Encouraging the growth of mass retailing consolidation is one change that has potentially revolutionary economic implications for India'sfuture. Once mass retailing is combined with the corporatisation of agriculture, which will eventually imply changes in land ownership, backward economic linkages for adequate, consistent and homogenous supplies will spur massive increases in agricultural productivity. Farmers producing for the organised large-scale market that supermarket buyers represent will be compelled to organise as well to achieve scale economies. There is no need for foreign investment in this sector since hiring expertise globally will suffice because foreign investment will merely siphon off easy profits abroad.
The monstrosity of state control over economic infrastructure has been another disaster that has resulted in numerous bottlenecks, not least in power generation and transport. Providing such services successfully is not rocket science and a modicum of decent regulation and market-led reform should be adopted for rapid change. But there are no takers for rational policy in this area of the economy because large infrastructure projects are a huge source of corrupt income for political parties and bureaucrats. Something similar might be said of the utter failures in primary and secondary education, especially in northern and eastern India.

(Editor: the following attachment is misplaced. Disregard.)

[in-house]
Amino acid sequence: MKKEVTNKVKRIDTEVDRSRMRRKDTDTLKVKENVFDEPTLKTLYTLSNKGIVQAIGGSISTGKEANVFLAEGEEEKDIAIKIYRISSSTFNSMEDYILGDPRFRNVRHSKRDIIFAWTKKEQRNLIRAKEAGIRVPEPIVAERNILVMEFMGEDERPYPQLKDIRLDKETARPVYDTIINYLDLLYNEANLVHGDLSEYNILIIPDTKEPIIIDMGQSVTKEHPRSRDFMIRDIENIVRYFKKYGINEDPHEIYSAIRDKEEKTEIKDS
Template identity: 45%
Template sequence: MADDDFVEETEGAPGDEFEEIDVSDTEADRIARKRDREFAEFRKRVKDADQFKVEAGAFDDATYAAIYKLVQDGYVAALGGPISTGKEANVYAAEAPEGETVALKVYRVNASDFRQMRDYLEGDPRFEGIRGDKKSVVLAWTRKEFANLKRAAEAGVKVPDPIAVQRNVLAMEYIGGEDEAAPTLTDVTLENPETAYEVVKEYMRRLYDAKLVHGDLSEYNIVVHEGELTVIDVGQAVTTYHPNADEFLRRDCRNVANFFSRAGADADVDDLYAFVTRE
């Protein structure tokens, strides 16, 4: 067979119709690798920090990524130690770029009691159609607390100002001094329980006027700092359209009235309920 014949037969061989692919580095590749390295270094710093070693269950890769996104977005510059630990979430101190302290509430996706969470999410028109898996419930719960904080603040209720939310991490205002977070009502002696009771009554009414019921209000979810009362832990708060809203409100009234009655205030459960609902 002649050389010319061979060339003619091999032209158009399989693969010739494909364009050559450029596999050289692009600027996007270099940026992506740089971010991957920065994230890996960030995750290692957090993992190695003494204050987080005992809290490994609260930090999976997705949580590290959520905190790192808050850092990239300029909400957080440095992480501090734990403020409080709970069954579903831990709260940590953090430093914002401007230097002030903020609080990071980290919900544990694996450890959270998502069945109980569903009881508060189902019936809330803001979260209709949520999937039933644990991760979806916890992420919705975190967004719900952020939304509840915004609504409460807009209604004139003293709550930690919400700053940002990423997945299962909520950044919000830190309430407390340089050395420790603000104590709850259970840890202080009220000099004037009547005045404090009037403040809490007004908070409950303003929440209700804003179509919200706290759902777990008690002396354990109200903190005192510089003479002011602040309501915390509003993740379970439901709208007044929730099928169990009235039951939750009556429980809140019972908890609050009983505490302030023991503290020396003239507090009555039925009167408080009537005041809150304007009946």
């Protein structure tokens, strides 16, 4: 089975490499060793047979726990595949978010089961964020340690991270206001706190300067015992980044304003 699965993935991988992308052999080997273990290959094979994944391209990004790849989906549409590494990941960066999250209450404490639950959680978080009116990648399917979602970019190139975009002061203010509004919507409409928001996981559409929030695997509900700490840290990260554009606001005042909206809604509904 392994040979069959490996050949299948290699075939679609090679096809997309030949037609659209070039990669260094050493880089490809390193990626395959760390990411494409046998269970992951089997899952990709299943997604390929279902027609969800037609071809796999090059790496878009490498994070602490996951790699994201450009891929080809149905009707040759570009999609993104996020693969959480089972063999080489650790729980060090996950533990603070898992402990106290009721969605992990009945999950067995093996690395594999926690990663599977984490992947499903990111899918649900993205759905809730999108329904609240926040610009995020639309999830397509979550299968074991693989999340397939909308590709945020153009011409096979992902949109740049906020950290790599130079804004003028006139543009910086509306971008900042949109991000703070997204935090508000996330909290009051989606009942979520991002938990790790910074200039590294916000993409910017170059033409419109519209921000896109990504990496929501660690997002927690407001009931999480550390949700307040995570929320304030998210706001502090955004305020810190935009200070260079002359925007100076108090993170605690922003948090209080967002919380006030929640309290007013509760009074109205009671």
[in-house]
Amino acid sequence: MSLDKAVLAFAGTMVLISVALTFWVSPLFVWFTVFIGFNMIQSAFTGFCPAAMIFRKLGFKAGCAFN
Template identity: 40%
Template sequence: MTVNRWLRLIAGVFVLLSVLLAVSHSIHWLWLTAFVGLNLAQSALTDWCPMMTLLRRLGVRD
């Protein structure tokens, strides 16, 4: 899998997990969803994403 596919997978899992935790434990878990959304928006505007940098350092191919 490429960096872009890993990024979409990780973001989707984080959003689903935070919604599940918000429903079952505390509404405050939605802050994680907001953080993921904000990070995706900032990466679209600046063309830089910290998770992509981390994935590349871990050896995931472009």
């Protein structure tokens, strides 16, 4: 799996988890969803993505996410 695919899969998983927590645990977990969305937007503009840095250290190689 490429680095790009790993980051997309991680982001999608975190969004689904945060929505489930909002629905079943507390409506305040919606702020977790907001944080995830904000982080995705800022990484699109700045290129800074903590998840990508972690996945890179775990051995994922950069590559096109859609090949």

A loosening of state control over schooling is therefore imperative because the state does not possess the capacity to offer urgently required change. The same is true of higher education, which is the victim of the absurdity of policy-induced shortages in supply. Yet the state continues to regulate appallingly and interfere stupidly in higher education, with geriatric ministers engaged in divisive caste politics in the pursuit of imagined political mileage. It will only guarantee deep resentments and dwindling national economic performance once merit ceases to be a criterion for evaluating educational achievement. Allowing private players in both the school and higher education sectors is the only way to increase good quality capacity although the state unavoidably needs to supervise, if somewhat lightly.